Yangon, Feb 5 (IANS) India’s last Mughal emperor Bahadur Shah Zafar died in this former capital of Myanmar 154 years ago. But his exile still continues.
He is resting, but not in peace, believe his admirers. They say his wish to be buried in his homeland remains almost a dead issue despite assurances of action by the who’s who of the Indian leadership.
“We are praying that his mortal remains be buried as per his wish,” Bahadur Shah’s mausoleum caretaker Hafiz Kamaluddin told this visiting IANS correspondent here.
The 19th century mausoleum gets visitors even from India to offer prayers to the emperor, with whose reign ended the Mughal empire in India.
Kamaluddin said Bahadur Shah’s wish was to be buried in the dargah of Qutubuddin Bakhtiar Kaki in Mehrauli in the national capital of India.
‘Kitna hai badnaseeb Zafar, dafan key liye, do guzz zameen bhi mil na saki, kuye yaar main’ (‘How unlucky is Zafar who could not get even two yards of land for burial in the land of his beloved’).
These couplets written by Bahadur Shah, the commander of the first war of Independence and a symbol of Hindu-Muslim unity, in his last days were recited by the caretaker.
He breathed his last in a British army officer’s garage, which later turned into a Sufi shrine that lies closer to one of Buddhism’s most sacred sites Shwedagon Pagoda, in Yangon (formerly Rangoon) on November 7, 1862, at the age of 87.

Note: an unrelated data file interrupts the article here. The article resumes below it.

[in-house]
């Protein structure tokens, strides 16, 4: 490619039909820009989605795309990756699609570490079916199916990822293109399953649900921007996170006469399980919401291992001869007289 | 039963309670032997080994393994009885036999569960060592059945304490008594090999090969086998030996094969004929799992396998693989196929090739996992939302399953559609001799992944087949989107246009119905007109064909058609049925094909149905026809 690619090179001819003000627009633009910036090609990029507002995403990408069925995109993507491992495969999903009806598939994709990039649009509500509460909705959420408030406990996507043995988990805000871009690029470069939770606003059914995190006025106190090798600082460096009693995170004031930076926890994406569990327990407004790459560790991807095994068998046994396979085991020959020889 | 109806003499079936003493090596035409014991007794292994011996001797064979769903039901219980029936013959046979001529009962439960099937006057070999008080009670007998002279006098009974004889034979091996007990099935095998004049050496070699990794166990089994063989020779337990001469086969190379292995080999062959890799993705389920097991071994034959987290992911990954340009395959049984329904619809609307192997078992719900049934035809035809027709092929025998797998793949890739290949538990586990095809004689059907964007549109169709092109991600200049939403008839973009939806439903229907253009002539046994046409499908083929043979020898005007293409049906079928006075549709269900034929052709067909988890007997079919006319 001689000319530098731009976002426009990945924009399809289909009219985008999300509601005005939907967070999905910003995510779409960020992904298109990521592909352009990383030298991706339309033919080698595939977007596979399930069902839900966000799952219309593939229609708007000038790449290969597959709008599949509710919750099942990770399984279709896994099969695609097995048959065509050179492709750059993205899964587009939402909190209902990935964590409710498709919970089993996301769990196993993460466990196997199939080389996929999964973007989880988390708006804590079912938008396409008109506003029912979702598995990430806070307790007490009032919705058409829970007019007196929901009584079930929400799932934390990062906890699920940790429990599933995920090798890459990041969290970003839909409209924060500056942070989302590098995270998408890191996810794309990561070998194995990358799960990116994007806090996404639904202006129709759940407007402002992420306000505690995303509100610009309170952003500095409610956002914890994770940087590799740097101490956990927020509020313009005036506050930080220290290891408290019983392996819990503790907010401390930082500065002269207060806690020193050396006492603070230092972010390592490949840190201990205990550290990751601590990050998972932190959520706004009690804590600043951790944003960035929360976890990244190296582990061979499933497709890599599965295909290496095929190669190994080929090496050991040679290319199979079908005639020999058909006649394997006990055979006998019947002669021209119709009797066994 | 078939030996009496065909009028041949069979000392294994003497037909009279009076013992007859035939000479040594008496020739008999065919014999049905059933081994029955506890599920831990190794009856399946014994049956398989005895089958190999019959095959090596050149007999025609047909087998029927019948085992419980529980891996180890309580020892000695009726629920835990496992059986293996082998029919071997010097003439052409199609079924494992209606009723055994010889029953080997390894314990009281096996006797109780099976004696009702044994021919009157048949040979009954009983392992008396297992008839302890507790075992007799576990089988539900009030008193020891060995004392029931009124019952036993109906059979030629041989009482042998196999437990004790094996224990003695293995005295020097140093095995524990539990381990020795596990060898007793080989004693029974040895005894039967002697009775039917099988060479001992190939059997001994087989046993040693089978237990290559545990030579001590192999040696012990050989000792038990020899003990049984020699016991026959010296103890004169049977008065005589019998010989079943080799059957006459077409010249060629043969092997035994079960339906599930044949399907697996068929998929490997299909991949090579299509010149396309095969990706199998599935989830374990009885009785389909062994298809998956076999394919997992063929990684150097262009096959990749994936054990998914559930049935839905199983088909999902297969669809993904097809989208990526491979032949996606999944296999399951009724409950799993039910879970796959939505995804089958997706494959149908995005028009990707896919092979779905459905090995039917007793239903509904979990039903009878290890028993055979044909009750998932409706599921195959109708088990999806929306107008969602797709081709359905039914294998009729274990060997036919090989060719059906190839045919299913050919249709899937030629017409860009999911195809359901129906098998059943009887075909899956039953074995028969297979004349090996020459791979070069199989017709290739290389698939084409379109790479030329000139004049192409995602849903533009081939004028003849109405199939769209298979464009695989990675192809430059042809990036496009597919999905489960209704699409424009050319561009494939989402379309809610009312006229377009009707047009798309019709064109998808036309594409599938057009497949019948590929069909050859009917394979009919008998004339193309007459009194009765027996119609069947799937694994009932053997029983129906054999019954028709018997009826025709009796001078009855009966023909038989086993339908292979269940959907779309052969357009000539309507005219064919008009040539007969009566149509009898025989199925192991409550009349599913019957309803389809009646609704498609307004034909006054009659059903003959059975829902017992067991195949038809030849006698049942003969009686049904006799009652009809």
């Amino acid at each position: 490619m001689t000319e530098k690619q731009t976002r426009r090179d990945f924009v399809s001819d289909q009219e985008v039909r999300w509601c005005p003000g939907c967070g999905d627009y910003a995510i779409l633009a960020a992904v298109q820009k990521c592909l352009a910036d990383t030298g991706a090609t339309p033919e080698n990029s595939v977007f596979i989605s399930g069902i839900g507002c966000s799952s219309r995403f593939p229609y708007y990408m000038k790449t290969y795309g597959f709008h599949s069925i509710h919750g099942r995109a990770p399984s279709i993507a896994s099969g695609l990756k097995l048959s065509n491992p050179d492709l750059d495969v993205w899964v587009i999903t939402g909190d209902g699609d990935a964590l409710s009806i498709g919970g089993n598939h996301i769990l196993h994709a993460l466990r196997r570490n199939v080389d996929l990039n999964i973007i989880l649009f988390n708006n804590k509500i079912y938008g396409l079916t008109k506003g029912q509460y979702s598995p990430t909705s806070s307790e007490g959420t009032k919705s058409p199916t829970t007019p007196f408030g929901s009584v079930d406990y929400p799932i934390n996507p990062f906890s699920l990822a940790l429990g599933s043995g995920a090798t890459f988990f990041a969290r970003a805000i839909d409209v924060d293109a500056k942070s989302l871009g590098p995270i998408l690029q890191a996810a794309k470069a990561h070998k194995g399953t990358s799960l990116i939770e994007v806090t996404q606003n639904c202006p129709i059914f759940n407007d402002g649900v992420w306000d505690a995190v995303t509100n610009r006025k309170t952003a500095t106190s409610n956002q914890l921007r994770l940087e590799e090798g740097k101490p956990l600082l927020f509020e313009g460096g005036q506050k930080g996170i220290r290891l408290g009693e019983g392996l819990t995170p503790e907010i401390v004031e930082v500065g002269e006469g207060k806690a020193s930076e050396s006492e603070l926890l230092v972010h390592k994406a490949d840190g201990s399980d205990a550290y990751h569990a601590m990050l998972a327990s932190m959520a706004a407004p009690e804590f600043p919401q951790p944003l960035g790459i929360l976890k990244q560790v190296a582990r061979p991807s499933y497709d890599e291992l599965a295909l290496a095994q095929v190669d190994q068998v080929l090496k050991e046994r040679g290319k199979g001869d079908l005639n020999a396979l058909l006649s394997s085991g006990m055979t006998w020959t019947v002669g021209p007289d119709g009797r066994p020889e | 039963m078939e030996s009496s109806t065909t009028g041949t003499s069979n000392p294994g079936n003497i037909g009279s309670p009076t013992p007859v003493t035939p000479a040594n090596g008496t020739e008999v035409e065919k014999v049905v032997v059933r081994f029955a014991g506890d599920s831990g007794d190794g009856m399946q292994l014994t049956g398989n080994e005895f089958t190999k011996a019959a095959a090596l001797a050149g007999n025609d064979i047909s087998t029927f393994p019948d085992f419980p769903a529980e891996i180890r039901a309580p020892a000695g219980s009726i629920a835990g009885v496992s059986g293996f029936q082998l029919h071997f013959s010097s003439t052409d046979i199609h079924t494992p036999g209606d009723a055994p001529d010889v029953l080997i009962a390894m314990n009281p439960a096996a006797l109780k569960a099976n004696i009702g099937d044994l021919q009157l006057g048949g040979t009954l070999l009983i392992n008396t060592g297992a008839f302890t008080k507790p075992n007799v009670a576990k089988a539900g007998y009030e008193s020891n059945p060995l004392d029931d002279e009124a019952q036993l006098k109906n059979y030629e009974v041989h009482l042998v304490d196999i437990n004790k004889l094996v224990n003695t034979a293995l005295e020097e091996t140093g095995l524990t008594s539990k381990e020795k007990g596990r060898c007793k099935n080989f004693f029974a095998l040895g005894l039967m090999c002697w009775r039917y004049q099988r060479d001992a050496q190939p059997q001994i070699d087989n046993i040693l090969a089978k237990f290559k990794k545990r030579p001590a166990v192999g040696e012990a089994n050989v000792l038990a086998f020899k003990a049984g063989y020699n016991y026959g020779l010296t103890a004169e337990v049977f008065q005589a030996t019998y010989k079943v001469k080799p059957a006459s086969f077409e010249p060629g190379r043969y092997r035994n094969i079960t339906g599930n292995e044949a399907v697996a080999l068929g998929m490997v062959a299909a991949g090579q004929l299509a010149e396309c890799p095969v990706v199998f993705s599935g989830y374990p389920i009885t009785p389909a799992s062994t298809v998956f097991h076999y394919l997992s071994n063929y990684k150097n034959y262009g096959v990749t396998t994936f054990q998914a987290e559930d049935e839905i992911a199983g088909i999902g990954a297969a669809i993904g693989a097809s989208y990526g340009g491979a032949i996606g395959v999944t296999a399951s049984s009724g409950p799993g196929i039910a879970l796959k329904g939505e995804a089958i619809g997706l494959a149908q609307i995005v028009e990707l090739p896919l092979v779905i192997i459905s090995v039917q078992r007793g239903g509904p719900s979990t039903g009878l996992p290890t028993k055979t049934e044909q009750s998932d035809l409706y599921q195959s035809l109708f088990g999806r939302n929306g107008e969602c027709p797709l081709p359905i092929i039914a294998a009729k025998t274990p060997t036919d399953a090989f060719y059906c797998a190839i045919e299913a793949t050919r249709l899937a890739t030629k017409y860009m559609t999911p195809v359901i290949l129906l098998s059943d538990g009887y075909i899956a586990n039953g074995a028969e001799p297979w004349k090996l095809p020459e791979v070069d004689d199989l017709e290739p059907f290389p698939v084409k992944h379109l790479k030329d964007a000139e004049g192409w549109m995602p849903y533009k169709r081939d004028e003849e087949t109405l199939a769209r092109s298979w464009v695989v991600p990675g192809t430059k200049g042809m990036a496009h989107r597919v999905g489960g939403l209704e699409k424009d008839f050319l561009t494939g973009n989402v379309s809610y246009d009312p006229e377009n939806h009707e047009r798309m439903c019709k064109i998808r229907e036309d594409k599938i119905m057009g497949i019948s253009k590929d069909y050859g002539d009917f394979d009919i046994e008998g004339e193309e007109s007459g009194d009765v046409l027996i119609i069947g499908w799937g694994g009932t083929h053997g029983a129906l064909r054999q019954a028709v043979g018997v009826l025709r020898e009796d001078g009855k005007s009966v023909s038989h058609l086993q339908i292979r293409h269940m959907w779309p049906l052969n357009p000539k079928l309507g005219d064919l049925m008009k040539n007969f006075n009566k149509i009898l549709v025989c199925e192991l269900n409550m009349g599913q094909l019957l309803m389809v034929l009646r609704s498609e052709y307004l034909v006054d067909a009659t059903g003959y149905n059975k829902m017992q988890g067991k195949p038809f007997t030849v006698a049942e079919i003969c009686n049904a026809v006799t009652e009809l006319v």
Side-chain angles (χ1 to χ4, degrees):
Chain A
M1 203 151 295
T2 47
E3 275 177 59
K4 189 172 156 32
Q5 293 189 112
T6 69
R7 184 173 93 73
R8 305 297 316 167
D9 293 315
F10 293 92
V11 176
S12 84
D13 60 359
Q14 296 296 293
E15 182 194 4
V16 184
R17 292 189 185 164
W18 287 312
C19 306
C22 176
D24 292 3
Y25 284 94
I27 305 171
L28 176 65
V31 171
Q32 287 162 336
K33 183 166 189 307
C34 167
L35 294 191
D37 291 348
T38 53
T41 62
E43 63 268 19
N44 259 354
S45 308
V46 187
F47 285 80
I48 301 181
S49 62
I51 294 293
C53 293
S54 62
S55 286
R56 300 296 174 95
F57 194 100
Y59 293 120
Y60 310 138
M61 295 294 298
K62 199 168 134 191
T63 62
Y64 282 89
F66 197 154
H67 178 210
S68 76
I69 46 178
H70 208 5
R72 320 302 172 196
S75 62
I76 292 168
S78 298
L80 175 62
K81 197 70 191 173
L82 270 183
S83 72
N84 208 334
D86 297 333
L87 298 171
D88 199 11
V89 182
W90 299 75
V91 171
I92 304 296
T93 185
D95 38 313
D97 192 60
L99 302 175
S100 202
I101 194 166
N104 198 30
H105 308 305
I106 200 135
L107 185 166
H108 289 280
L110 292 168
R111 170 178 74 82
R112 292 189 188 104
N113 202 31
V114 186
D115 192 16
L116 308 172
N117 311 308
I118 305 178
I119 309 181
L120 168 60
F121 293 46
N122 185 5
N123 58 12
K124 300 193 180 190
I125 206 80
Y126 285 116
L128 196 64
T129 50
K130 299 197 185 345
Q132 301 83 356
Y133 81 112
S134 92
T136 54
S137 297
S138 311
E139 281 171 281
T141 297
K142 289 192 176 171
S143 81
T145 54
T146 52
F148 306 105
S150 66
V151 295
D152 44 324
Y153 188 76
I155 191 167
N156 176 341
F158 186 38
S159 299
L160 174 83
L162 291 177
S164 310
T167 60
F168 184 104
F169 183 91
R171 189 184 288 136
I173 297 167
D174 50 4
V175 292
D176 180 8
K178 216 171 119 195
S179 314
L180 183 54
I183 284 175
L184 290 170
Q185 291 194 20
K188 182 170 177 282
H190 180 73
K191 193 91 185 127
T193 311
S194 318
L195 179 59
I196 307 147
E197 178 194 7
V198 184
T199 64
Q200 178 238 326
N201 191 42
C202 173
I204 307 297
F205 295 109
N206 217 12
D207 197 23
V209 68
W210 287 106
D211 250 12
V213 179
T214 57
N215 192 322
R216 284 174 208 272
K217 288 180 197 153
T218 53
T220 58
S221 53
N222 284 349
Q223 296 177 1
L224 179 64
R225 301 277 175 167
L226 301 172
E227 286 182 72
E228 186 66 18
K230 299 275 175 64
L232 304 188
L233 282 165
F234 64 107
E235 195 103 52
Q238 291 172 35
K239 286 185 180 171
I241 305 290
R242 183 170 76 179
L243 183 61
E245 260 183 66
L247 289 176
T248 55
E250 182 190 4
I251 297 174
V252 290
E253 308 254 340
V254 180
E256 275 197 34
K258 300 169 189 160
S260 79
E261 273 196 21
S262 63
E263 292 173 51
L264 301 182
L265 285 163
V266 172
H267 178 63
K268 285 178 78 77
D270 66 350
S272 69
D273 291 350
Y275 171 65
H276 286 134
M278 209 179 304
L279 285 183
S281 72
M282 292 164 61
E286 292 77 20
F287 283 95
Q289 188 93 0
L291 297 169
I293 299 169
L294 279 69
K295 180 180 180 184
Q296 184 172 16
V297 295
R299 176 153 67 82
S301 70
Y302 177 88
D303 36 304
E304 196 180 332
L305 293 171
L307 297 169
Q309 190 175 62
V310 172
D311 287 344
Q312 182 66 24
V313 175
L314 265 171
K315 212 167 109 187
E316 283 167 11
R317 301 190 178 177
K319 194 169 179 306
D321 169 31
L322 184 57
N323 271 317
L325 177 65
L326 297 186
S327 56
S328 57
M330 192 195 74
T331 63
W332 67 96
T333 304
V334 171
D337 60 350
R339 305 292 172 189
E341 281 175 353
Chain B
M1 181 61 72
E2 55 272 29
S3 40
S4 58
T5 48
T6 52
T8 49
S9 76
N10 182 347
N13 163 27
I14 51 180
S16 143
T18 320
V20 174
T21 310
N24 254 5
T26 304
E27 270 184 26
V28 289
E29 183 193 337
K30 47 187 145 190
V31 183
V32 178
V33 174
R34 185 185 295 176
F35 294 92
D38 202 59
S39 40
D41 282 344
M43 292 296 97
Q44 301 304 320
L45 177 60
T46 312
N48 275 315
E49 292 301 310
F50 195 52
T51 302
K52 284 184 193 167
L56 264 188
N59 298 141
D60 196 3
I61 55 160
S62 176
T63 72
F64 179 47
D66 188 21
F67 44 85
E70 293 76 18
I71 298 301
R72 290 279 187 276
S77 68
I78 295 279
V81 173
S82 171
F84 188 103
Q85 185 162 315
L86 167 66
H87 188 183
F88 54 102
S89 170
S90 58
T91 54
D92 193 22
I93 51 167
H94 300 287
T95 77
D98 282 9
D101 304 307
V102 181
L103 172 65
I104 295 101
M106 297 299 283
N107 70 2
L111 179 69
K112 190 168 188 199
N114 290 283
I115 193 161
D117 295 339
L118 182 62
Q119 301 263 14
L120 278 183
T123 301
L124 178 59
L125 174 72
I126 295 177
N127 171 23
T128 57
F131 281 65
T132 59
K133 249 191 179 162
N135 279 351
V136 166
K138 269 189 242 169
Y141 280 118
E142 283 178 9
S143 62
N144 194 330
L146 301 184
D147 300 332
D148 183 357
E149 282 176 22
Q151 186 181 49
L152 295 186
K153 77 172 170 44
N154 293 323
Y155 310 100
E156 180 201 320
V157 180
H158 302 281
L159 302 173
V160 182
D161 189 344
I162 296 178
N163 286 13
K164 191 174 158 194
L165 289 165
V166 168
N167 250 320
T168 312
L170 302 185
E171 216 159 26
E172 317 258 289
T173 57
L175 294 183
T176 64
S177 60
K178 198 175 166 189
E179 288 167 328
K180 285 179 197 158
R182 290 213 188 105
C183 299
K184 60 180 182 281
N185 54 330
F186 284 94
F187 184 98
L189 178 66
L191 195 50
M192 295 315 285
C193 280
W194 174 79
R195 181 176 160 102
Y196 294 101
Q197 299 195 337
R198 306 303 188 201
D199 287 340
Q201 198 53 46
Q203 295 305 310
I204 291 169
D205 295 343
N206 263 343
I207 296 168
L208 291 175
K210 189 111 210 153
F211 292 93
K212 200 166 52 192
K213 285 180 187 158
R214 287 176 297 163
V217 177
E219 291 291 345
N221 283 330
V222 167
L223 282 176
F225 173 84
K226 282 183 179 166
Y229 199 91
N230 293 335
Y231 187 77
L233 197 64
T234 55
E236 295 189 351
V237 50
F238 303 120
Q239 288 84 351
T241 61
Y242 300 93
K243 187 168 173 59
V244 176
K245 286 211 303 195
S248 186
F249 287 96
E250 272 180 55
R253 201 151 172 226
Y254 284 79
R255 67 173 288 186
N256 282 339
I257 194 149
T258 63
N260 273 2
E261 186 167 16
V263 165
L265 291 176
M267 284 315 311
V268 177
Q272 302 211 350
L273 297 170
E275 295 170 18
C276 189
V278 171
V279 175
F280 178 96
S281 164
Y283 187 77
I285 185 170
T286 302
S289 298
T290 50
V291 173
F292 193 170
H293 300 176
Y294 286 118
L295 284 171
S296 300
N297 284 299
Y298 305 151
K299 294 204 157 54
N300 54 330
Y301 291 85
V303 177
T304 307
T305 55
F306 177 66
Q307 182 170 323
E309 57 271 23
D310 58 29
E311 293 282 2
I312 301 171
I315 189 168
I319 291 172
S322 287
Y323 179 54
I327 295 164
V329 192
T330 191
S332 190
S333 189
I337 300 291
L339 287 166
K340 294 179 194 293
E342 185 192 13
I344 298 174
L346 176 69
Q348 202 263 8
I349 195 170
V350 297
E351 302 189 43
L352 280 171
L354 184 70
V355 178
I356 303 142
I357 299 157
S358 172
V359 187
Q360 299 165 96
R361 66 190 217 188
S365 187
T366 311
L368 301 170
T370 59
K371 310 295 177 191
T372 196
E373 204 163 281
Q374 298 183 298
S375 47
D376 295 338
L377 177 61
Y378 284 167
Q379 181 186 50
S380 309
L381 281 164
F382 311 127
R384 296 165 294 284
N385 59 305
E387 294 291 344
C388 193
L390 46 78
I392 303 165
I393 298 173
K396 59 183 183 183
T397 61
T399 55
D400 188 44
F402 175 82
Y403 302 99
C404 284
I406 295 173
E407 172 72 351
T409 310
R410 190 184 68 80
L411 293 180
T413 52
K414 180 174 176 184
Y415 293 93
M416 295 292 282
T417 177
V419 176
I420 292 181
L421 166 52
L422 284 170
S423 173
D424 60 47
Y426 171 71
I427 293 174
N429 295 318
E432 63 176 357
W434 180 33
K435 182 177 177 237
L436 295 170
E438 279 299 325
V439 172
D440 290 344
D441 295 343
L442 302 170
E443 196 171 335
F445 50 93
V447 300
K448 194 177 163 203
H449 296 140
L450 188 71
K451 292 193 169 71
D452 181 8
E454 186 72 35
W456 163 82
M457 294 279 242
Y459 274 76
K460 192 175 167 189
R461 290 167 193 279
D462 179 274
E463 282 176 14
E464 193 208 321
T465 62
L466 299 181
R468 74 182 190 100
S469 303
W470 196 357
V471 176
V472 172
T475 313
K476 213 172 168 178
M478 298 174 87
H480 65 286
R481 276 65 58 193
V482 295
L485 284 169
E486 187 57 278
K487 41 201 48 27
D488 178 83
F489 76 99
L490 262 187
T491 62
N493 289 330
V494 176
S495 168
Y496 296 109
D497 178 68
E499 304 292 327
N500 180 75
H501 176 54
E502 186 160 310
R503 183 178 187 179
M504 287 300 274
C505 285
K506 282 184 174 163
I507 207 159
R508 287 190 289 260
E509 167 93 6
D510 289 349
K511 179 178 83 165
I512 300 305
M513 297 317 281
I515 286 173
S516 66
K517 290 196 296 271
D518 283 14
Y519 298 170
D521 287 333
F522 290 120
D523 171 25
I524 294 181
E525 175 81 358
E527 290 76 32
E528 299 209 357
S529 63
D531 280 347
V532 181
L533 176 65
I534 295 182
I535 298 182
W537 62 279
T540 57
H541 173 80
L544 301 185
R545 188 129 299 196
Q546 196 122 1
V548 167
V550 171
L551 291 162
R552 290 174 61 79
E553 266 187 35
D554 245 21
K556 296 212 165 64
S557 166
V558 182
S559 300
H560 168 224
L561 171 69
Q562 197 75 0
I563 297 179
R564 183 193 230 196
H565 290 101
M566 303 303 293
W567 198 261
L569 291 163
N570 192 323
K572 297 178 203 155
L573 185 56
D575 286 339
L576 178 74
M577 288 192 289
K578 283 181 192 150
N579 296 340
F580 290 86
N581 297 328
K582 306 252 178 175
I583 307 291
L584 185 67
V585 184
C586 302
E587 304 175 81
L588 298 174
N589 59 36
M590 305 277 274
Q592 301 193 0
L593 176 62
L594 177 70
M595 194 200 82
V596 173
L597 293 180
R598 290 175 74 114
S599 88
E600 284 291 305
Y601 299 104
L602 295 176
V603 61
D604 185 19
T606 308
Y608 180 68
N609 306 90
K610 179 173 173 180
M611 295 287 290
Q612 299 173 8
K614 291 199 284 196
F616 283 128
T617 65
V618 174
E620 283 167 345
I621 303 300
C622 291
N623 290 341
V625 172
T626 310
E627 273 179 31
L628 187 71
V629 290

After the 1857 uprising, the British sent him to exile here where he spent the twilight of his life.
Buried alongside Bahadur Shah’s grave, which was chanced upon during digging in 1991 while laying the foundations of a memorial hall, are his wife Begum Zeenat Mahal and granddaughter Raunaq Zamani Begum.
“Who would pray on my behalf? Or bring me a bunch of flowers? Who would light a candle for me? I am nothing but a gloomy tomb,” say Bahadur Shah’s couplets, a noted poet.
In 2006, then Indian President A.P.J. Abdul Kalam visited the mausoleum, known as Bahadur Shah Zafar Dargah that attracts a large number of Muslims, Hindus and Christians. It’s managed by a government appointed committee set up in 1935.
“You wrote who will come to my grave. Today on behalf of my nation I have come, prayed and lit candles, offered chador and recited the fatiha. May your soul rest in peace,” Kalam wrote in the visitor’s book.
Prime Minister Manmohan Singh had also visited the mausoleum in May 2012, besides Pakistan Presidents Pervez Musharraf in 2001 and President Asif Ali Zardari in 2012.
In 2013, writer and former diplomat Kuldip Nayar, journalist-writer Saeed Naqvi and former Judge Rajinder Sachar started a campaign to bring back the remains of Bahadur Shah to the place where he wished to be buried in Delhi.
They even petitioned President Pranab Mukherjee, seeking help to bring back his mortal remains as Bahadur Shah, who is seen as a symbol of communal harmony, had chosen his own resting place in Delhi.
At that time, BJP leader Sushma Swaraj, now External Affairs Minister, had welcomed the move.
“I welcome and support the demand to bring back the mortal remains of Bahadur Shah Zafar for burial in Delhi,” Sushma Swaraj had said on Twitter.
Perhaps it’s time the Indian government should talk to the newly-elected democratic government in Myanmar to facilitate bringing back the last Mughal emperor to his beloved country.
(Vishal Gulati was in Myanmar at the invitation of Indian Buddhist spritual leader Gyalwang Drukpa’s global charity ‘Live To Love’. He can be contacted at firstname.lastname@example.org)